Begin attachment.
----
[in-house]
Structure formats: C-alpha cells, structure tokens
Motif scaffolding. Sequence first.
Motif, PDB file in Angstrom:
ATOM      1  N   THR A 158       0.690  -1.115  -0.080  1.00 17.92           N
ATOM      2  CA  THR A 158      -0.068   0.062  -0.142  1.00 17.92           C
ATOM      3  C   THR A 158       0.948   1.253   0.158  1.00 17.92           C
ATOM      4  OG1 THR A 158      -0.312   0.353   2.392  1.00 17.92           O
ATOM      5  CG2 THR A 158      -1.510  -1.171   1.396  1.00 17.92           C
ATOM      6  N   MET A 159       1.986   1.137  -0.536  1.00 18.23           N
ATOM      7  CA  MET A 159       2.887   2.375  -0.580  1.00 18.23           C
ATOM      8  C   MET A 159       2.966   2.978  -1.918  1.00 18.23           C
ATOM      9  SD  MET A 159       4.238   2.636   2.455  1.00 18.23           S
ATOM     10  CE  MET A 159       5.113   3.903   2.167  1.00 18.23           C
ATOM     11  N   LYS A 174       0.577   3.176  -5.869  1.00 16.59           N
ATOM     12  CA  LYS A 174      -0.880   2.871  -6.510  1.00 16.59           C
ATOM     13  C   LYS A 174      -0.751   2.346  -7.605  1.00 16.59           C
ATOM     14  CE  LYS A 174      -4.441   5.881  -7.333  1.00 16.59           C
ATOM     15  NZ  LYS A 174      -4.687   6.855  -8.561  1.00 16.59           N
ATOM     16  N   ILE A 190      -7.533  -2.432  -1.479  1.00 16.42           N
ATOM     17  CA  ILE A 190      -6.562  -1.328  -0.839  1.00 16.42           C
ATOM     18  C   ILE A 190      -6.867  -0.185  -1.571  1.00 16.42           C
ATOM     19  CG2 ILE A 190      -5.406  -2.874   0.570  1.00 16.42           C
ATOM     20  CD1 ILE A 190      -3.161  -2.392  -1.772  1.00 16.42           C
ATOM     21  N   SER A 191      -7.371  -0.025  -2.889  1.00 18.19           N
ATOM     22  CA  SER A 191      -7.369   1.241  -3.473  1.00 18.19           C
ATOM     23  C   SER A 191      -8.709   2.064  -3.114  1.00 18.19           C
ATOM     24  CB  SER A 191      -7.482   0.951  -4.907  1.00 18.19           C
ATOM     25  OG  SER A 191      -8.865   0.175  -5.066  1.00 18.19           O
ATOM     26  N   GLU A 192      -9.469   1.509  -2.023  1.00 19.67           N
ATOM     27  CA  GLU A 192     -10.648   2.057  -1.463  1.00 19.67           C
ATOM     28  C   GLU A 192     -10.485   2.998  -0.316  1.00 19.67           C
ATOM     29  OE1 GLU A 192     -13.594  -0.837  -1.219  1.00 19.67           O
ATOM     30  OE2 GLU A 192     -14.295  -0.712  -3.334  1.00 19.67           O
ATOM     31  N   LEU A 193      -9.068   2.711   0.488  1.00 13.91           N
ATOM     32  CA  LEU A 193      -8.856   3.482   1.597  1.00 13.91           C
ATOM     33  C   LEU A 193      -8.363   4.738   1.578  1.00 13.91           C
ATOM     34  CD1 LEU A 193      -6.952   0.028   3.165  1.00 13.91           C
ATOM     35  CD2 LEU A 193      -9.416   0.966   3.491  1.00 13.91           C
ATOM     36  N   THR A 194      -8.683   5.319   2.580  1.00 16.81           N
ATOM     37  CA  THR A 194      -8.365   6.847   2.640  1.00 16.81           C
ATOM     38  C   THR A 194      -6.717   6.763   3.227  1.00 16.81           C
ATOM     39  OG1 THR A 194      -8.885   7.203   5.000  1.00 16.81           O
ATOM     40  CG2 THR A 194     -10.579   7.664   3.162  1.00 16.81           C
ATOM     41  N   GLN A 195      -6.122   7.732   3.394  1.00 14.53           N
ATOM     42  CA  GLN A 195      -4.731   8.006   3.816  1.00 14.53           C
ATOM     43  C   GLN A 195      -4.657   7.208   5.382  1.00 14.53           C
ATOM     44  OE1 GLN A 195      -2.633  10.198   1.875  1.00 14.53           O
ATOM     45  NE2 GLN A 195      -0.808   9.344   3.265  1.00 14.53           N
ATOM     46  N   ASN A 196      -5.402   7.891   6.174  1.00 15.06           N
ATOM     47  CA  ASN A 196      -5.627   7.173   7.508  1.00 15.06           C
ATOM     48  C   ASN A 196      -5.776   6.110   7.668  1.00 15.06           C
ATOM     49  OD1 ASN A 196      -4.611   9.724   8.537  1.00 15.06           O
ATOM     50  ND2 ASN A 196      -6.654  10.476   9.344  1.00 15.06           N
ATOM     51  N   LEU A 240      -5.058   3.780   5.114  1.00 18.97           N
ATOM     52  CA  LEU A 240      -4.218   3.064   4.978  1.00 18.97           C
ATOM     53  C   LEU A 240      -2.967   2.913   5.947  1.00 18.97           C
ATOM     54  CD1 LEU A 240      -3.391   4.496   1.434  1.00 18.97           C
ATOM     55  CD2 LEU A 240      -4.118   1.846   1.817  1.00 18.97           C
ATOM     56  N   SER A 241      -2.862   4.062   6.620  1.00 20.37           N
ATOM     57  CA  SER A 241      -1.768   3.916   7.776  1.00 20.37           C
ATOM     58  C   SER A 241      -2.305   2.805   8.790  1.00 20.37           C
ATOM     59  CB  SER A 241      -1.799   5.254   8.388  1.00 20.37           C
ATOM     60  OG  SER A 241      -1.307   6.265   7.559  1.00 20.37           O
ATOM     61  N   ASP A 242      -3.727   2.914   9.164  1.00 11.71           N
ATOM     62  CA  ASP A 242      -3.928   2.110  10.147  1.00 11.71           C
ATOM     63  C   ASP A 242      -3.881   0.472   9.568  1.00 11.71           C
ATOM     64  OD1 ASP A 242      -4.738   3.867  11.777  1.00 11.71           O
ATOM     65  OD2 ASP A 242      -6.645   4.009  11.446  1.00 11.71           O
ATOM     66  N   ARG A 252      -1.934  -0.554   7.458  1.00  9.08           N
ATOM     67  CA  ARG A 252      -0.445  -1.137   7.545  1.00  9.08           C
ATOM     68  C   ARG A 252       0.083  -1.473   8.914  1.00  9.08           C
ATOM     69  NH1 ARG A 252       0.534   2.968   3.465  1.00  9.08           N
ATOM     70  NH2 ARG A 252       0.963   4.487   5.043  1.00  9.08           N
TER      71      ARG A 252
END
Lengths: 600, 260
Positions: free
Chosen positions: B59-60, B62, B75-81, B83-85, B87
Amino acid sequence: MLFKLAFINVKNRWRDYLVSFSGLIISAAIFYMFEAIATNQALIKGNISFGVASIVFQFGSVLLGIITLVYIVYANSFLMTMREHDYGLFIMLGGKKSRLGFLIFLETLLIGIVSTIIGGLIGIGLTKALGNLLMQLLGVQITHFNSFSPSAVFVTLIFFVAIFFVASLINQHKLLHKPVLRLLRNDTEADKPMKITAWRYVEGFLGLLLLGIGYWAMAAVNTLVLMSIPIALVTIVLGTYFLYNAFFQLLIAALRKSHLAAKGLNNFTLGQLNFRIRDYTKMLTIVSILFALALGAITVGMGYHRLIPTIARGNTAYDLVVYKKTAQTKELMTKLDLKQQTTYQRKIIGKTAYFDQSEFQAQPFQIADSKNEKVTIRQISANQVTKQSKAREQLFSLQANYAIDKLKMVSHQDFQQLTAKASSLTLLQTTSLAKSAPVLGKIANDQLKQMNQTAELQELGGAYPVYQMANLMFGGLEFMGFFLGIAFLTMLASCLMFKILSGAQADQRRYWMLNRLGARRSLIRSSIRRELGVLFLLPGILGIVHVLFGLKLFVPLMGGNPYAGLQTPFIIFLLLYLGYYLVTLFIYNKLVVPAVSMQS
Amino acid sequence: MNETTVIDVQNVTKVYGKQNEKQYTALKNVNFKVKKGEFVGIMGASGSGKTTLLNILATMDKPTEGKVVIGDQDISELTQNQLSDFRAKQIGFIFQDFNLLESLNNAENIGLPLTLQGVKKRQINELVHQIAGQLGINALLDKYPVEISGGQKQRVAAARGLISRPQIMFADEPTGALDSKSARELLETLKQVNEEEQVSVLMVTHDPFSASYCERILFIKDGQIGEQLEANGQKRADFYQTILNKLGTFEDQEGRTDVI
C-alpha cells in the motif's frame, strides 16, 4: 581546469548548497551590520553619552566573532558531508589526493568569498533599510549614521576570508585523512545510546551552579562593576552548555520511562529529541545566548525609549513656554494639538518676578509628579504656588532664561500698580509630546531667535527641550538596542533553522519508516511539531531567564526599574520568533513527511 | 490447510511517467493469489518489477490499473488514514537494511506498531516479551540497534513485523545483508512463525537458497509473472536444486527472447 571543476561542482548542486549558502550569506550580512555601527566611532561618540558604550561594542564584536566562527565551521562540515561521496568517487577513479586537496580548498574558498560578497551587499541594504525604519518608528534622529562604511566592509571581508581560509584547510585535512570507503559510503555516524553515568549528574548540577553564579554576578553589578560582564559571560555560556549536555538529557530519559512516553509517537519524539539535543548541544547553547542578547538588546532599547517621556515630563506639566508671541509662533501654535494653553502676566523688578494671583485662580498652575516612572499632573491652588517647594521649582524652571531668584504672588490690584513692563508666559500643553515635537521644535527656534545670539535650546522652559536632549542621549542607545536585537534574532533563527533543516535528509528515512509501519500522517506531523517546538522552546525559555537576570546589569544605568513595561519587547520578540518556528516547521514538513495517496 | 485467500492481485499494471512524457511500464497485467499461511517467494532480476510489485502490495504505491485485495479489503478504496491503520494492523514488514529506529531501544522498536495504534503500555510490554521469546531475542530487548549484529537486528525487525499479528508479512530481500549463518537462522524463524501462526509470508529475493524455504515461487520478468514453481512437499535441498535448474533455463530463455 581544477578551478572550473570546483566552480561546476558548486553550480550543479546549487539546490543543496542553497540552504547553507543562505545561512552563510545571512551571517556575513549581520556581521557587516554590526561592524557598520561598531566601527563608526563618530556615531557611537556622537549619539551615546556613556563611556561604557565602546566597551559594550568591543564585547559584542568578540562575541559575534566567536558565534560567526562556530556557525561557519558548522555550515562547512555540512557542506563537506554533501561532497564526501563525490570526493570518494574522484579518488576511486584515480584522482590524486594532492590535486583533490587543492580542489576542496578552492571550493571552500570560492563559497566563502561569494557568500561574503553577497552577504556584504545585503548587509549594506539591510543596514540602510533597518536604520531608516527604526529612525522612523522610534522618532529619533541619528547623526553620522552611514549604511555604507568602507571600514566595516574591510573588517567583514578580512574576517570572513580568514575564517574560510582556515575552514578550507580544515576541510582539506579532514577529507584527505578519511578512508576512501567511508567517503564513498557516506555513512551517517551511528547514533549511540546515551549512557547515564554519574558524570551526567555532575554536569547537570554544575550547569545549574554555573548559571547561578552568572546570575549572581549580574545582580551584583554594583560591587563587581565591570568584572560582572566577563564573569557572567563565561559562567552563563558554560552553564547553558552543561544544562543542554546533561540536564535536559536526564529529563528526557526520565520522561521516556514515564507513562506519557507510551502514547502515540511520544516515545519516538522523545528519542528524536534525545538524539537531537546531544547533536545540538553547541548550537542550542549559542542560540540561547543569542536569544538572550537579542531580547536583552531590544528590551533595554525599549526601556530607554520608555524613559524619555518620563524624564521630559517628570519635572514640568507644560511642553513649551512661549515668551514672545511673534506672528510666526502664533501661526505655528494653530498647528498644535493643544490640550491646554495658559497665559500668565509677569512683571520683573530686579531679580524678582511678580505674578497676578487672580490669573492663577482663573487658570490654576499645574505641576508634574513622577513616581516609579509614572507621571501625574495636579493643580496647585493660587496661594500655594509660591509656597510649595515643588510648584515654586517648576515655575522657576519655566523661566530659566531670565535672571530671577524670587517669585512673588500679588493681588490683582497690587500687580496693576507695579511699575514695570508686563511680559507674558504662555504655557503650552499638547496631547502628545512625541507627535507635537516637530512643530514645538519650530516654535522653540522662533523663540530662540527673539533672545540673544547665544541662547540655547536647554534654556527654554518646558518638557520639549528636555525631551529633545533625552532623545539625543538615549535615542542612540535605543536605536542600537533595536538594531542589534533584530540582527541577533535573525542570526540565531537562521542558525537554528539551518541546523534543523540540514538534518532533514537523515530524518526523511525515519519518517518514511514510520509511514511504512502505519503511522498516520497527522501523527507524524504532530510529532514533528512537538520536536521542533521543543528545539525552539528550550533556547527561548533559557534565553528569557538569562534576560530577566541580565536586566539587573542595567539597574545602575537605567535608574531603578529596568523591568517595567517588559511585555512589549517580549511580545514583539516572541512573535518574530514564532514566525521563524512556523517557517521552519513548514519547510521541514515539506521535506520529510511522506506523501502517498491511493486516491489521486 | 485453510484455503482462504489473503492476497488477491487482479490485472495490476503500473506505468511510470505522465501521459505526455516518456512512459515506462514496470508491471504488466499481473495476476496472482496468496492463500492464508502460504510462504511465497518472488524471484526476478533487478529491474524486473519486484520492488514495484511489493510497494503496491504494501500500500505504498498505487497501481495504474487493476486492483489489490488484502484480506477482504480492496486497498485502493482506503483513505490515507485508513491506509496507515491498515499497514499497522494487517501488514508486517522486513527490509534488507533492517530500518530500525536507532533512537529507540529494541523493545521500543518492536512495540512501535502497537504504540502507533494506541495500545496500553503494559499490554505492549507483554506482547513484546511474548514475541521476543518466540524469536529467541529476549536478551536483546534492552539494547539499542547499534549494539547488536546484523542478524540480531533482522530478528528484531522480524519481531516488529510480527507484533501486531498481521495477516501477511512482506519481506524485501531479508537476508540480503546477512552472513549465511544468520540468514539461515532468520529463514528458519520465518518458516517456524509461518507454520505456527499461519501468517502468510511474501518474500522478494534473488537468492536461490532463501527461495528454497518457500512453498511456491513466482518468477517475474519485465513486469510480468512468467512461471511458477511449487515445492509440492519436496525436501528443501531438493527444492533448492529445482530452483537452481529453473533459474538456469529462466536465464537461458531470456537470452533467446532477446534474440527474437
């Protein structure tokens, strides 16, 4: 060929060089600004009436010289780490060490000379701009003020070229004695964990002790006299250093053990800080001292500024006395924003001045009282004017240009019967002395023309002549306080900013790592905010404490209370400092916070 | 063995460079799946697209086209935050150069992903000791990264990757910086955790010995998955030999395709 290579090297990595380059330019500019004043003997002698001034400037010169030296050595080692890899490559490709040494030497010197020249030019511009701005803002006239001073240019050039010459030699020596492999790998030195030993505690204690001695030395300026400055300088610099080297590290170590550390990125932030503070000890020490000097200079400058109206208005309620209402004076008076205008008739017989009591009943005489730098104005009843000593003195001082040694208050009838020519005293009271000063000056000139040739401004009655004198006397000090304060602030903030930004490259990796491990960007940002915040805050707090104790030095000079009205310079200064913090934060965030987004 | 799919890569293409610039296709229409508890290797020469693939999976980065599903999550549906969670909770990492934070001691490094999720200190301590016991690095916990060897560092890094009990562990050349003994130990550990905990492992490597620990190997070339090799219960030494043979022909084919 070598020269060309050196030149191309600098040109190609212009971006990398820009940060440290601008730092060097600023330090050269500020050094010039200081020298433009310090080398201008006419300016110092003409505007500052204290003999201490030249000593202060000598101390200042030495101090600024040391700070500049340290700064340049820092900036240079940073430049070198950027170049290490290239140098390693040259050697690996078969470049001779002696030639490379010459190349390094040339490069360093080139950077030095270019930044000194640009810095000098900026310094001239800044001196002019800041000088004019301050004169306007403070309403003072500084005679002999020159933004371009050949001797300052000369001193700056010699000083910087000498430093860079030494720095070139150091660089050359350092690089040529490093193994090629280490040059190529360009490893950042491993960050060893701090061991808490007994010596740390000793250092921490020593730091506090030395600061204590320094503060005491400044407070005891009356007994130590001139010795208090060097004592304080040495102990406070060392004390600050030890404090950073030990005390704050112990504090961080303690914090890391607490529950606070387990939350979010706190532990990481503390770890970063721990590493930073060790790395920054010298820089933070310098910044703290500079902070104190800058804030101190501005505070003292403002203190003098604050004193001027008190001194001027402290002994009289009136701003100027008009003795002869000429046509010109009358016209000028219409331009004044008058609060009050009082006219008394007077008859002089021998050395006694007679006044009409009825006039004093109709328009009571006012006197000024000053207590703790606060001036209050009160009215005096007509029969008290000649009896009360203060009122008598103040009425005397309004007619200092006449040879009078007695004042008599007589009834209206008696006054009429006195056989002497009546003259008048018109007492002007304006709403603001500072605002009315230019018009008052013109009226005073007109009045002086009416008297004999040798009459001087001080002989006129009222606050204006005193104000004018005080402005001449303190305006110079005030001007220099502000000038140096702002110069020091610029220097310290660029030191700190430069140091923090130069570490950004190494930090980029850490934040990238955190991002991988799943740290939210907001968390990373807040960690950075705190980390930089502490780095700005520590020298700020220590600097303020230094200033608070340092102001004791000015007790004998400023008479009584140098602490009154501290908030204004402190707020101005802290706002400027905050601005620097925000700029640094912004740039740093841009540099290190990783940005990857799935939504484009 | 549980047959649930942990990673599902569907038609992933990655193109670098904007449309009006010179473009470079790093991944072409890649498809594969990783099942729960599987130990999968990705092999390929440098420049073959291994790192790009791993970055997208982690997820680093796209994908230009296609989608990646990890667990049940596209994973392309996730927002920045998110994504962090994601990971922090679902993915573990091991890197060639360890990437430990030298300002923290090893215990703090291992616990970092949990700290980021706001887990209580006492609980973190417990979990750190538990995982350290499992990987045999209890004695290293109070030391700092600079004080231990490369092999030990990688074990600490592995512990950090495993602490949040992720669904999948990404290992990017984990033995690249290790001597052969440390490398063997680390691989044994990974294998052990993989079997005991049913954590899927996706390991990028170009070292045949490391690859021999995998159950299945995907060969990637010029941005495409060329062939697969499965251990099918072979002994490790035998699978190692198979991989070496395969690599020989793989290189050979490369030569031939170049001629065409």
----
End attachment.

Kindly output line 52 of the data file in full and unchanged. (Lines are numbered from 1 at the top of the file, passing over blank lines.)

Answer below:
ATOM     48  C   ASN A 196      -5.776   6.110   7.668  1.00 15.06           C